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Film Investment Scam Doesn’t Help Filmmakers

18 06 2011

This morning, as I was eating breakfast, I noticed an article online regarding a film investment scam.  According to an AP article, 18 people are being prosecuted for conspiracy and mail and wire fraud in a telemarketing scam that raised $25 million for independent productions.

Courtesy of Aleksandr Kutsayev

Among the films completed through the defendant Cinamour Entertainment LLC and Q Media Assets LLC companies include From Mexico with Love and Eye of the Dolphin and its sequel.  The former raised $15 million, was shot on a $5 million budget and only grossed $500,000; the latter, raised $9 million and only grossed $70,000.

The defendants apparently lied to investors and promised a 1,000 percent return on the films.  If anyone has ever worked in the film industry before, they know that this is a very unpredictable market and promises of this nature cannot be trusted.  Sure, some films make investors over 1,000 percent return, but many may only break even with slight return or, at worst, not even break even.

Being a filmmaker and knowing filmmakers, all of whom have projects they would like to see off the ground, it hurts to see a swindle of this nature.  It is extremely difficult to raise funds for independent projects because of the concern and relative unknown by investors when they come to a project.  The business plan, which if done right, should explain all the projected income a film could make, but also the fact that it may not make a return at all.  This outline of the film’s projected market, treatment, attached cast/crew, etc. is the only thing we have to show that we have done our work and feel this could be a good and profitable project.  Situations like this completely discredit our field and hurt the people out there trying to get legitimate projects off the ground.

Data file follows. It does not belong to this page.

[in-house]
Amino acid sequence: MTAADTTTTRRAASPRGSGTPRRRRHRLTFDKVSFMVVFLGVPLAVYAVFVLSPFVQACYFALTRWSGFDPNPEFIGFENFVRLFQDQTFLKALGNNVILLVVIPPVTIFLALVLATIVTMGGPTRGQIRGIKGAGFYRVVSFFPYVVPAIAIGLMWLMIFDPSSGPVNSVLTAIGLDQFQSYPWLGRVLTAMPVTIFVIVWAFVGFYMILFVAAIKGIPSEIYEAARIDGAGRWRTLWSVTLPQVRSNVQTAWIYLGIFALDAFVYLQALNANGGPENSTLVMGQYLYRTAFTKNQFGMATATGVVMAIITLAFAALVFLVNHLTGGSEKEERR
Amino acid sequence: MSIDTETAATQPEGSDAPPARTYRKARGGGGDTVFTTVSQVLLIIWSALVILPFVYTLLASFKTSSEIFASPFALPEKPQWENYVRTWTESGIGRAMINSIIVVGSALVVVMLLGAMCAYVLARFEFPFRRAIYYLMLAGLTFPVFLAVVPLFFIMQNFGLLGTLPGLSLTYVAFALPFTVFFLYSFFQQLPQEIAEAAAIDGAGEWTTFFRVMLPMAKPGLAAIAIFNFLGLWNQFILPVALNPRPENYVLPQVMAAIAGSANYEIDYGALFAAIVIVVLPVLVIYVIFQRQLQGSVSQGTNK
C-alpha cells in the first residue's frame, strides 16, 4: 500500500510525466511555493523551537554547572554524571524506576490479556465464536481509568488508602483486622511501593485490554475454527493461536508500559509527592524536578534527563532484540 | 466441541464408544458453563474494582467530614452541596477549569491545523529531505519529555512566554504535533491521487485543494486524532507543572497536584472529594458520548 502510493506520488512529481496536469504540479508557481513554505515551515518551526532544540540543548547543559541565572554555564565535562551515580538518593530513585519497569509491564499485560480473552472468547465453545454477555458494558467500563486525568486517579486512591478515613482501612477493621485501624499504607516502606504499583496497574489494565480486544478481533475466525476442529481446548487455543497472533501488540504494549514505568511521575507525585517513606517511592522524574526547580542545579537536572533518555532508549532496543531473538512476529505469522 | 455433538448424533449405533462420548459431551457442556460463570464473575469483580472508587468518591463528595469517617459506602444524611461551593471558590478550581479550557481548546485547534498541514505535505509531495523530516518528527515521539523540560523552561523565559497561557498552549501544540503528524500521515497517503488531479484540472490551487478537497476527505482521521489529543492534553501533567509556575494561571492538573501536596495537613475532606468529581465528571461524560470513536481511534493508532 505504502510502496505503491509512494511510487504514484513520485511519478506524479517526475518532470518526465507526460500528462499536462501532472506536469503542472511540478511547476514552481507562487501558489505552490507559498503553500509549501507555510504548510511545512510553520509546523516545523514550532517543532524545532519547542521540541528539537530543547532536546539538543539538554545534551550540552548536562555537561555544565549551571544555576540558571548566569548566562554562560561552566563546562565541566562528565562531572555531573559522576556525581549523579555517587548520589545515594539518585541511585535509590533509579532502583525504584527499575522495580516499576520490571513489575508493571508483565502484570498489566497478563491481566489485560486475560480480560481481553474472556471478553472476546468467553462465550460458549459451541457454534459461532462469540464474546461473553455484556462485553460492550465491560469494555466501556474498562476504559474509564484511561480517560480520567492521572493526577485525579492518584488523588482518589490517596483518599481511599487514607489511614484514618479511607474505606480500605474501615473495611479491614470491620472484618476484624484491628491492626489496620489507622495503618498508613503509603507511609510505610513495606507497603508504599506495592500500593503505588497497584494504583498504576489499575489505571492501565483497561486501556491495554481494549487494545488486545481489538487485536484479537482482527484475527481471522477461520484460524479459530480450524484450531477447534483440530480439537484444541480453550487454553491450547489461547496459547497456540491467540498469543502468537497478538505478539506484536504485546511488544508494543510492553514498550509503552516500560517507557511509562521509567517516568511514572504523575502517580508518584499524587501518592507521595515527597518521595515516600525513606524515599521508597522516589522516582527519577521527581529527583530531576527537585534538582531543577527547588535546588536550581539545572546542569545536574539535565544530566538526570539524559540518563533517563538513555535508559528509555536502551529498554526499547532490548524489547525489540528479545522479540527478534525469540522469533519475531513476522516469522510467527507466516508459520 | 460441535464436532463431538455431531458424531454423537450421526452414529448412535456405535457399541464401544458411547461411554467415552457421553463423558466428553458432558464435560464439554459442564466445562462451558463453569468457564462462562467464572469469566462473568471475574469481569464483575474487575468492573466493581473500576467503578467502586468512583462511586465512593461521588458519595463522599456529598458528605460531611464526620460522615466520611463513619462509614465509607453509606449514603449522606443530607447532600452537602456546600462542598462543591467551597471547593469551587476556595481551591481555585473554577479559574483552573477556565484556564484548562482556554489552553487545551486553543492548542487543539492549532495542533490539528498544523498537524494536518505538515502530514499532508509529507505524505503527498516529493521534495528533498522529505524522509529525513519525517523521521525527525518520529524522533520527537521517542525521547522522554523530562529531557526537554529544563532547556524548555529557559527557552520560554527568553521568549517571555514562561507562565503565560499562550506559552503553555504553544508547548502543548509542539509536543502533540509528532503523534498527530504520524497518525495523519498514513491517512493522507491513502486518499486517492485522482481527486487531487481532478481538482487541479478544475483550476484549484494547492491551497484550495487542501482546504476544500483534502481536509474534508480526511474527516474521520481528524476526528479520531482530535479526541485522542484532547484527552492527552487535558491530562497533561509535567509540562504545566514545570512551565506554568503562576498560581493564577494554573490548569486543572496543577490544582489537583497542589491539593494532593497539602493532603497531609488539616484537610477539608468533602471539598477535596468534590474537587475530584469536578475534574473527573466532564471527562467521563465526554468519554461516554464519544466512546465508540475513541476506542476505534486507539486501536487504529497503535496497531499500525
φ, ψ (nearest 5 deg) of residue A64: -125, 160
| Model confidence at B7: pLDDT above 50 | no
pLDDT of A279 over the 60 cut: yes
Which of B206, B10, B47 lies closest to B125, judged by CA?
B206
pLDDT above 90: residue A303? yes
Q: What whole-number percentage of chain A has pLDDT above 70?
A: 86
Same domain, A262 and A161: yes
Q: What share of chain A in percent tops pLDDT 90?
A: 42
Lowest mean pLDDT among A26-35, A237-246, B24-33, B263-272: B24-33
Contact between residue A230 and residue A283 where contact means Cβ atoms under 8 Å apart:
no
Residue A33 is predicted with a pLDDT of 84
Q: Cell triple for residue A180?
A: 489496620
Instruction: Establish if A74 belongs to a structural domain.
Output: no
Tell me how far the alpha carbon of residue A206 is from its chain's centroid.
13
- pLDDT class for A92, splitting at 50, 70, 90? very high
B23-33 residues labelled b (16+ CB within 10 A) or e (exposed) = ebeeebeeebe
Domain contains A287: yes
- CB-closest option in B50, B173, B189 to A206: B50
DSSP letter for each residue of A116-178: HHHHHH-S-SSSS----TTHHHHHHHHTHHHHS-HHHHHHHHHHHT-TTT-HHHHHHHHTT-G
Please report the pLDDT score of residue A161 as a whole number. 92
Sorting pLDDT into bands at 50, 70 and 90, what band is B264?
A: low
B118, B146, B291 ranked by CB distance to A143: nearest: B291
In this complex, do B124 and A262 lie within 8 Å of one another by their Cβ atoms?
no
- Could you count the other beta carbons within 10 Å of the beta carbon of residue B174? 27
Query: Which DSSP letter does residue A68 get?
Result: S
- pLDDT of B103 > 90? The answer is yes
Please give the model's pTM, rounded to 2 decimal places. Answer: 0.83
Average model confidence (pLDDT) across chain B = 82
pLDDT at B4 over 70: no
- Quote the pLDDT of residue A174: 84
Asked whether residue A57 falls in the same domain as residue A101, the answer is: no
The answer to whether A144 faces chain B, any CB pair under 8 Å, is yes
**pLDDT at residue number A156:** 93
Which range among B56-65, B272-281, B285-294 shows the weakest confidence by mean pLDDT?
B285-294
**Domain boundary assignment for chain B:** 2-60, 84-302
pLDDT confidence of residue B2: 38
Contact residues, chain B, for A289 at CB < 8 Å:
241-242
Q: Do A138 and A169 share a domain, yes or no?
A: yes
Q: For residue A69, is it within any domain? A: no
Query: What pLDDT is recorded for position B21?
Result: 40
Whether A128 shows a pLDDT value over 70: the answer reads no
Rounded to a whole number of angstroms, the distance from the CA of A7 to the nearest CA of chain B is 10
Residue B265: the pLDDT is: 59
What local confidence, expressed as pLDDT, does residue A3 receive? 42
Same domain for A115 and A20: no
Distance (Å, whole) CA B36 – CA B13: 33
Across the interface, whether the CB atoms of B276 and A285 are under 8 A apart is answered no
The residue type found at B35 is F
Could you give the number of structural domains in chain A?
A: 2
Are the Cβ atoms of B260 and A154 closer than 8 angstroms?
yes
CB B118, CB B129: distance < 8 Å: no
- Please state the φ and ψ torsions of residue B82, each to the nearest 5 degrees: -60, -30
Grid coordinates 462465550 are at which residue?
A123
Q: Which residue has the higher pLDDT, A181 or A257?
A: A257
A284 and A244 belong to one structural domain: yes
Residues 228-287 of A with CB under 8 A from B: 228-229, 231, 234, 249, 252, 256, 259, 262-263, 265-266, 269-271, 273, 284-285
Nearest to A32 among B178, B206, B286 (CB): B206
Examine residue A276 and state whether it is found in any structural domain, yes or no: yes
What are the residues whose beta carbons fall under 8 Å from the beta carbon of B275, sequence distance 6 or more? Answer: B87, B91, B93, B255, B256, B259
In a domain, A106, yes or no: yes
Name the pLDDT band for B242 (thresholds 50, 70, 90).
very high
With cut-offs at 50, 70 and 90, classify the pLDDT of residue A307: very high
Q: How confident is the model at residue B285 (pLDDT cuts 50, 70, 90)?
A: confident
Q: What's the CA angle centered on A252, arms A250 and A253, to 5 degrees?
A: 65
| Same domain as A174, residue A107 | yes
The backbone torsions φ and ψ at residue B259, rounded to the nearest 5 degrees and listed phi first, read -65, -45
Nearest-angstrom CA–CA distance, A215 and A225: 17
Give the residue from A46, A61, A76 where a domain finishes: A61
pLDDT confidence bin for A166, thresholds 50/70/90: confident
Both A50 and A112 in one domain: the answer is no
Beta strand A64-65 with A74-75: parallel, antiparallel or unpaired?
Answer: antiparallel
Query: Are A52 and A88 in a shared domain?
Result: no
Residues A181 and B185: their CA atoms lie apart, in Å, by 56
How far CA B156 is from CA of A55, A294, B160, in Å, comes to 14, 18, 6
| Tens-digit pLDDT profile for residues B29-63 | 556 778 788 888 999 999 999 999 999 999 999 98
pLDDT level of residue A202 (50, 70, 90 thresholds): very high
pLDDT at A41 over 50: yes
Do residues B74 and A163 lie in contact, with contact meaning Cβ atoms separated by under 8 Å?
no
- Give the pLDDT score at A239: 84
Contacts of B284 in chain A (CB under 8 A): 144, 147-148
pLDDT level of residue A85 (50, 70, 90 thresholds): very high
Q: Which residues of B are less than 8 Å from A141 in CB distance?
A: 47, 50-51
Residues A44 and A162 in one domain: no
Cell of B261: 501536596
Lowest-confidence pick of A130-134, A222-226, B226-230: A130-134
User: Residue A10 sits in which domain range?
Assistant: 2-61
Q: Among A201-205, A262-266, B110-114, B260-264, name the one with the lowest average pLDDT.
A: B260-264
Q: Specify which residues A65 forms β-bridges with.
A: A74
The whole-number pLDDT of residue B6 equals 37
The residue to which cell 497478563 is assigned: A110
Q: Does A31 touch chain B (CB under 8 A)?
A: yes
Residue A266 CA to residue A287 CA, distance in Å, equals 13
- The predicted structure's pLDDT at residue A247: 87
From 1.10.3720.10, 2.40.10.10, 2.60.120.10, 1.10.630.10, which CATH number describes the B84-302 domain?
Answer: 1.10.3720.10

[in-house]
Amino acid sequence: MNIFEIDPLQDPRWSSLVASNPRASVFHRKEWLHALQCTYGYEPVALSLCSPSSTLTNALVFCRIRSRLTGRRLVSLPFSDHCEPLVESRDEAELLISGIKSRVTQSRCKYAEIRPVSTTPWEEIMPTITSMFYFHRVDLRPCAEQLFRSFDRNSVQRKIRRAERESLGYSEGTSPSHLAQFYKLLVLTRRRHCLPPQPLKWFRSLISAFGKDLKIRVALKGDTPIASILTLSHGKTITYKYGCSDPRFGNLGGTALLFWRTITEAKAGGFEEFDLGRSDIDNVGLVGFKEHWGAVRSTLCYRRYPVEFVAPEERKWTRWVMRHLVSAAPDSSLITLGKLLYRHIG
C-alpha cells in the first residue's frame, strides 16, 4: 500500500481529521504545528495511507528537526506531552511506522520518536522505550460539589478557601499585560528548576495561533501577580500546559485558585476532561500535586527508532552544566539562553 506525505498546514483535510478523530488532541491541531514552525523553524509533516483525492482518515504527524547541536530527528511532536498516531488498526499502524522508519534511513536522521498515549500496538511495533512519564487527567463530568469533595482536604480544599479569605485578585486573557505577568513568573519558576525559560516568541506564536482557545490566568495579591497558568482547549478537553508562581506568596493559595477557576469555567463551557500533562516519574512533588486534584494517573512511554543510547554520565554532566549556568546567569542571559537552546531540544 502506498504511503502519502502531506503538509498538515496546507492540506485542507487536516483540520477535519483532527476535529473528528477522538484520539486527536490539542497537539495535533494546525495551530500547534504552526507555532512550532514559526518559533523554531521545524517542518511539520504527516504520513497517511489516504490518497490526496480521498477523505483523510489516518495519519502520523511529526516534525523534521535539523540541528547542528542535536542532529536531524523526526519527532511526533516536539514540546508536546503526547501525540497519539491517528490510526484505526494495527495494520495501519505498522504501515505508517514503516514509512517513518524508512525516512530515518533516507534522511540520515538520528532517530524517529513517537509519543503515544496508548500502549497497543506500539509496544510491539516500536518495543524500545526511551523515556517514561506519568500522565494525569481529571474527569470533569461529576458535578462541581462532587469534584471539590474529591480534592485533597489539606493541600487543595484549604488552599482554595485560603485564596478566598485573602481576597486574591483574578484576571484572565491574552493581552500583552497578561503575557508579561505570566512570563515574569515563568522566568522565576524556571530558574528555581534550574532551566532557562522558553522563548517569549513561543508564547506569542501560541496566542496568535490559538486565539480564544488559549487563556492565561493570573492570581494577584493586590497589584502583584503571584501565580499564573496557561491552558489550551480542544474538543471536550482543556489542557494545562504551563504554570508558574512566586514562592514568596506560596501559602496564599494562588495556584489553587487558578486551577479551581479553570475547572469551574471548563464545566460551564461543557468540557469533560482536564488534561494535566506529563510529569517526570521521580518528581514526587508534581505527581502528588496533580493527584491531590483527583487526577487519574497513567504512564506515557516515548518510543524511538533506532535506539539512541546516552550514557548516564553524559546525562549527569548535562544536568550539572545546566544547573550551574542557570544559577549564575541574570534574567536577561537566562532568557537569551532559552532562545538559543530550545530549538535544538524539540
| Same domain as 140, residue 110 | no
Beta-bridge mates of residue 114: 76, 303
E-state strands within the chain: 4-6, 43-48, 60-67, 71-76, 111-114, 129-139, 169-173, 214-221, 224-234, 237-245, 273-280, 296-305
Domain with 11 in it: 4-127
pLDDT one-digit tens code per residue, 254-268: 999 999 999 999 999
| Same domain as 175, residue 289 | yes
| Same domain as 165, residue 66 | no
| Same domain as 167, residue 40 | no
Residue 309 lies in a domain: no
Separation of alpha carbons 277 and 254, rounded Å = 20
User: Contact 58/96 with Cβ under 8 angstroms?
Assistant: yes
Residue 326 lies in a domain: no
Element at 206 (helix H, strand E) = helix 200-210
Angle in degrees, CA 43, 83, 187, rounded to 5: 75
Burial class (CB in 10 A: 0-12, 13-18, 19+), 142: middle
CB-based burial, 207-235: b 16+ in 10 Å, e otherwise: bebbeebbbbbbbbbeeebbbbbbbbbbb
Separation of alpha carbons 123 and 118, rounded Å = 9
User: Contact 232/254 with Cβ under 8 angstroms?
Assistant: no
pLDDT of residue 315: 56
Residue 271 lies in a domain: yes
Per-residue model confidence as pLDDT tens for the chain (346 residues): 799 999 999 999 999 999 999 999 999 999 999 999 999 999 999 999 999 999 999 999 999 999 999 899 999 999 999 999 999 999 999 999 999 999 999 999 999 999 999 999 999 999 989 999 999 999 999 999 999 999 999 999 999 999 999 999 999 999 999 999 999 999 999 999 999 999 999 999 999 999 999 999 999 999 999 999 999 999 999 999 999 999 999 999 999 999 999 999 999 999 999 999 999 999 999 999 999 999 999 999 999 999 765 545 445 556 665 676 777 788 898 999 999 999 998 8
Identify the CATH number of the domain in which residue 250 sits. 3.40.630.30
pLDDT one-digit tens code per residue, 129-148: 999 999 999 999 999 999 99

Unfortunately, people that may have been willing investors before a situation like this, may opt for a “safer” bet.  I hope, for any of you potential investors out there, that you will not be discouraged from all films because of news like this.  Most filmmakers are very honest about returns and you should be presented with a well thought out and complete business plan before furnishing any money for a project.  Also, don’t ever let anyone promise you a return unless there is a contractual sale of the film already in place.

 

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